* Mount Kiangarow Track - a 2.3 km return walk from Burtons Well Picnic Area to the highest point on the Bunya Mountains. It passes through impressive stands of grass trees.
* Paradise to Westcott Track - a 3.2 km one way walk (2 hours) from the Paradise Car Park through rainforest to the Westcliff Lookout.
* Scenic Circuit - a 4 km circuit (90 minutes) from Dandabah Picnic Area through the Bunya pine forest, passing Festoon and Tim Shea Falls and offering panoramic views from Pine Gorge Lookout.
* Westcott to Cherry Plain Track - a 4.8 km one way (2 hours) challenging walk which departs from Westcott Picnic Area and is described as a "breathtaking track where rainforest-clad summits give way to dramatic exposed escarpments and views west over distant plains. Meander through eucalypt-clad ridges interspersed with shady gullies."

Four Drives in the Area
There are four interesting drives out from Dalby. Three of them connect, while the journey to Lake Broadwater (to the south) is a separate trip.

Bunya Mountains Drive
The Bunya Mountains Drive is a 192 km circuit from Dalby via Jandowae Road to Jimbour Station, then through Bell to the Bunya Mountains, down to Kaimkillenbun and back to Dalby. It passes through the rich black soil of the Jimbour Plains where crops of wheat, barley, sorghum, cotton, chickpeas and corn are grown. At Jimbour it stops at Jimbour Station where there is a Living History Walk with illustrative plaques. With beautiful formal gardens Jimbour House is a French classic sandstone homestead built in 1875. The gardens can be visited from 10.00 am to 4.30 pm although the house is not open for inspection. On the property there is a station store (c. 1864), a chapel and a water tower from the 1860's and Bull Stalls and Stables with a display of memorabilia dating back to the early 1800's. A timber cottage at Jimbour House was the site where explorer, Ludwig Leichhardt, in 1844, planned his Port Essington (Northern Territory) expedition. A monument to the naturalist is found at Jimbour Station to mark the departure point of this epic journey. 
The next stop is Bell in the foothills of the Bunya Mountains. A tiny town it is known for its country crafts and a fascinating garden which celebrates the stations of the cross and features mosaics and sculptures. There is also the Bell Railway Heritage Park which houses Engine 1172, one of the first Queensland Rail model diesel locomotives, restored section cars and a vintage passenger railer. The Kingaroy Road from Bell heads towards the Bunya Mountains National Park which has pristine rainforest featuring ancient bunya pines. See information above. At the Dandabah picnic area there are King Parrots, Crimson Rosellas and Currawongs, as well as wallabies. On the way back to Dalby is Kaimkillenbun or "The Bun" which has the historic "Bun Pub". For more information check out http://www.dalby.info/html/attractions_bunya.asp.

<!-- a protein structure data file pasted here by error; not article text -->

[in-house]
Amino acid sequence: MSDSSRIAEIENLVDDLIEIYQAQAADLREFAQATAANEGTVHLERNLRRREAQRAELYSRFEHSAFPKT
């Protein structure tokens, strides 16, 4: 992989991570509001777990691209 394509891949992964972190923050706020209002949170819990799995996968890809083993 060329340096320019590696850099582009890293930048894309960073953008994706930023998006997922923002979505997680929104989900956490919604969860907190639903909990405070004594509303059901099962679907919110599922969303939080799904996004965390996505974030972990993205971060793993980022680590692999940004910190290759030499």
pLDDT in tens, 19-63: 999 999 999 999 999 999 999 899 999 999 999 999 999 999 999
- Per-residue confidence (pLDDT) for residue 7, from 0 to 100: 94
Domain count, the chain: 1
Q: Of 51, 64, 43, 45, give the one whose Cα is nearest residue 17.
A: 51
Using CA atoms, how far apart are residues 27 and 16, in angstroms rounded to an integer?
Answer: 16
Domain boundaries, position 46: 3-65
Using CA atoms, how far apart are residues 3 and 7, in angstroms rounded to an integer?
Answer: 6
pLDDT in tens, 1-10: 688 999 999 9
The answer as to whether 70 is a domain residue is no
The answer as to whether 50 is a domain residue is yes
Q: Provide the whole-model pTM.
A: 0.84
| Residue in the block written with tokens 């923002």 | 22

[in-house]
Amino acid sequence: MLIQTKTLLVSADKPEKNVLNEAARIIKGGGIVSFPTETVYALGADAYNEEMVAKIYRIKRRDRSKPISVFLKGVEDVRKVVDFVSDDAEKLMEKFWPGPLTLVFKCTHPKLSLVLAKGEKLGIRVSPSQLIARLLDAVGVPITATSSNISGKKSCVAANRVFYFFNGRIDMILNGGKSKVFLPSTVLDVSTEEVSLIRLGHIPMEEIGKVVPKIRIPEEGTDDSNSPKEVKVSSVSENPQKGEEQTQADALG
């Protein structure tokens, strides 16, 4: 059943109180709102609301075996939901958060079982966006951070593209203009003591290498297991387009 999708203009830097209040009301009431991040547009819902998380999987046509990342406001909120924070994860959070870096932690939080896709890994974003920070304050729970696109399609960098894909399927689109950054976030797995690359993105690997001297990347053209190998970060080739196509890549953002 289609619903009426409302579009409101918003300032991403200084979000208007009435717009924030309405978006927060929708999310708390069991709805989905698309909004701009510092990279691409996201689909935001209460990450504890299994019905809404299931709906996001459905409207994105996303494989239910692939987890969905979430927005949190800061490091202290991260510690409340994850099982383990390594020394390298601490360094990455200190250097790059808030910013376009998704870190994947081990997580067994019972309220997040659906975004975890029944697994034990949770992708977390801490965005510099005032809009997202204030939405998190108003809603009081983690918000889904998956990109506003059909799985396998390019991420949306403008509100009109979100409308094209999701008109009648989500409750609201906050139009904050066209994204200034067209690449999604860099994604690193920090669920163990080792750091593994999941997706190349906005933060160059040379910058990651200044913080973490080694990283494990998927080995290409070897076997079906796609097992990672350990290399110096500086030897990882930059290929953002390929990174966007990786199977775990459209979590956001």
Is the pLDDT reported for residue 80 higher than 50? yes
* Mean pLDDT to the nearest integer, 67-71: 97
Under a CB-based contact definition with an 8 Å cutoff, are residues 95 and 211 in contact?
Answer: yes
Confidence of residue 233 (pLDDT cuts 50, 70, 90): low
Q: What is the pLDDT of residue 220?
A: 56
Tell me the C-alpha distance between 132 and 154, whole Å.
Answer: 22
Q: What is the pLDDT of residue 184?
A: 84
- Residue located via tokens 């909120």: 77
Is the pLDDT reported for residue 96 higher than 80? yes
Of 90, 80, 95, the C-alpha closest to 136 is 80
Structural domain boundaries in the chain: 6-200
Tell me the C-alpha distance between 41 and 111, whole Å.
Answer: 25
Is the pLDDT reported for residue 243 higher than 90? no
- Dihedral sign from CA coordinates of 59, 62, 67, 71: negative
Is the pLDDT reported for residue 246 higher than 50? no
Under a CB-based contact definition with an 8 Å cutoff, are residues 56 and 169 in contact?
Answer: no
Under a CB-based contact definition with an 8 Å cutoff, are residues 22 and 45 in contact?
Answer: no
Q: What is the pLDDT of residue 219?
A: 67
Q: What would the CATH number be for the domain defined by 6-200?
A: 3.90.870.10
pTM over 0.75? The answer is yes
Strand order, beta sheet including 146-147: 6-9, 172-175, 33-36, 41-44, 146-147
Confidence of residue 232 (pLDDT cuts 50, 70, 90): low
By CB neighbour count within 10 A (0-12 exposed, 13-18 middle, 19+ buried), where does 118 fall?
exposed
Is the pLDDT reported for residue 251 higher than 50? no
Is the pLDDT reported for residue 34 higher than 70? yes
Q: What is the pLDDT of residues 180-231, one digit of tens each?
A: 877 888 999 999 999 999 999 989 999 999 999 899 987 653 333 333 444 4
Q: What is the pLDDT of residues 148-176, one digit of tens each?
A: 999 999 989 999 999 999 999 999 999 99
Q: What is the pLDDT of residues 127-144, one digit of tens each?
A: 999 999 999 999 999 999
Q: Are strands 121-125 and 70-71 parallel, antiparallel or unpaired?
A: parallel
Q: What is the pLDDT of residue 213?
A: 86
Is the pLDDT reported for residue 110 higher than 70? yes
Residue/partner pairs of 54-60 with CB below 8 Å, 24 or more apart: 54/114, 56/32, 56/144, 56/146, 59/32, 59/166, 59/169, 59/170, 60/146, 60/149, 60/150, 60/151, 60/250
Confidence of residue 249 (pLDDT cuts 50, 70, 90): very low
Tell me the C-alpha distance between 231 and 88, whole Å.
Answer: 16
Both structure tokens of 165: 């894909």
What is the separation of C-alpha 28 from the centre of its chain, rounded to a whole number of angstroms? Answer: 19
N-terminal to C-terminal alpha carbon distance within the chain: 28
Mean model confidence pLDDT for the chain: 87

Dingo Fence Drive
The journey to, and around, the Dingo Barrier Fence Drive is 176 km and leaves Dalby via Jandowae Road. There is a display depicting the Dingo Barrier Fence in Jandowae opposite the Jandowae Community and Cultural Centre. The display depicts three timber dingoes in front of a mural which is protected by sections of fence similar to the actual dingo fence. The fence itself was 5300 kilometres from Jimbour to Fowlers Bay in South Australia and was constructed to stop dingoes and wild dogs attacking sheep and cattle and provide a safer environment for the animals.
To get to the fence drive north from Dalby to Jimbour and then head north towards Jandowae. Drive for 7 km and turn right into Lyndley Connection Road. Drive a further 2.2 kms and turn left into Lyndley Lane and finally drive 1.4 km until you reach the junction of Lyndley Lane and Fletchers Road. Turn right. The fence begins at the corner post of the four fences to your right. When you cross the next grid, the fence is on your left and a little further on, the maintenance begins. The Dingo Fence is the longest man made structure. It is constructed of wooden posts, strainers, star pickets, wire and different types and sizes of netting and is cleared on both sides to a width of 5 metres. For more information check out http://www.dalby.info/html/attractions_dingo.asp.

Warra Drive